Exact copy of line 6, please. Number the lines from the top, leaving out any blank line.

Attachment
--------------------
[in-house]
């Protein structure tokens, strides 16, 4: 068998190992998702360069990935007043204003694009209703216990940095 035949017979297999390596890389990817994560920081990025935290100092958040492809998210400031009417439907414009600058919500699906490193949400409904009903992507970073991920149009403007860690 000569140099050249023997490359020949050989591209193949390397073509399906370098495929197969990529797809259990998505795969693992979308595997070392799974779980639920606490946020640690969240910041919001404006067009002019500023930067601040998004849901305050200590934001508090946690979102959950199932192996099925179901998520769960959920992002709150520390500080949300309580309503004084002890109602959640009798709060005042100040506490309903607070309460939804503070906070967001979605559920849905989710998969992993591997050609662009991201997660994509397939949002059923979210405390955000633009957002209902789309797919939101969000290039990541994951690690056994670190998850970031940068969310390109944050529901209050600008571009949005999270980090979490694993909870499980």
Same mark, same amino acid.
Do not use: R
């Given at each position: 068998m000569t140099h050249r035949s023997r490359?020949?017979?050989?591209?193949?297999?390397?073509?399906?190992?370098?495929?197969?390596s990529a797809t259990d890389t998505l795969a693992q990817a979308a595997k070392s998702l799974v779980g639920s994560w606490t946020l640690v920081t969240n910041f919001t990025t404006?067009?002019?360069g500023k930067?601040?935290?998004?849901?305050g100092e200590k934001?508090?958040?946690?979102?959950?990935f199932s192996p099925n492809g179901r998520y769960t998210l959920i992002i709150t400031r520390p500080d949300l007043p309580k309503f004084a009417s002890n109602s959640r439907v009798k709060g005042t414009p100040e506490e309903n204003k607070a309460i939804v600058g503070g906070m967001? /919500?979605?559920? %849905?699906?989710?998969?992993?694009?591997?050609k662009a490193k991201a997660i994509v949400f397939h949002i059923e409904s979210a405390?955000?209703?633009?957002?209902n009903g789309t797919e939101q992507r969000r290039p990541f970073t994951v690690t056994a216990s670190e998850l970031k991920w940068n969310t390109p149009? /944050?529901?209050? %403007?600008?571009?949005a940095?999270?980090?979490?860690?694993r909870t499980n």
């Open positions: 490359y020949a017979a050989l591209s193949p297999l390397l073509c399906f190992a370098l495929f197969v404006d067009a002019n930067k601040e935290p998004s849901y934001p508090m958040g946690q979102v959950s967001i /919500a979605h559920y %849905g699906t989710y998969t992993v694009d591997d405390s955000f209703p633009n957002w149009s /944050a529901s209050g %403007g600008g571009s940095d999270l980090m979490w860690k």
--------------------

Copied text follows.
């Open positions: 490359y020949a017979a050989l591209s193949p297999l390397l073509c399906f190992a370098l495929f197969v404006d067009a002019n930067k601040e935290p998004s849901y934001p508090m958040g946690q979102v959950s967001i /919500a979605h559920y %849905g699906t989710y998969t992993v694009d591997d405390s955000f209703p633009n957002w149009s /944050a529901s209050g %403007g600008g571009s940095d999270l980090m979490w860690k």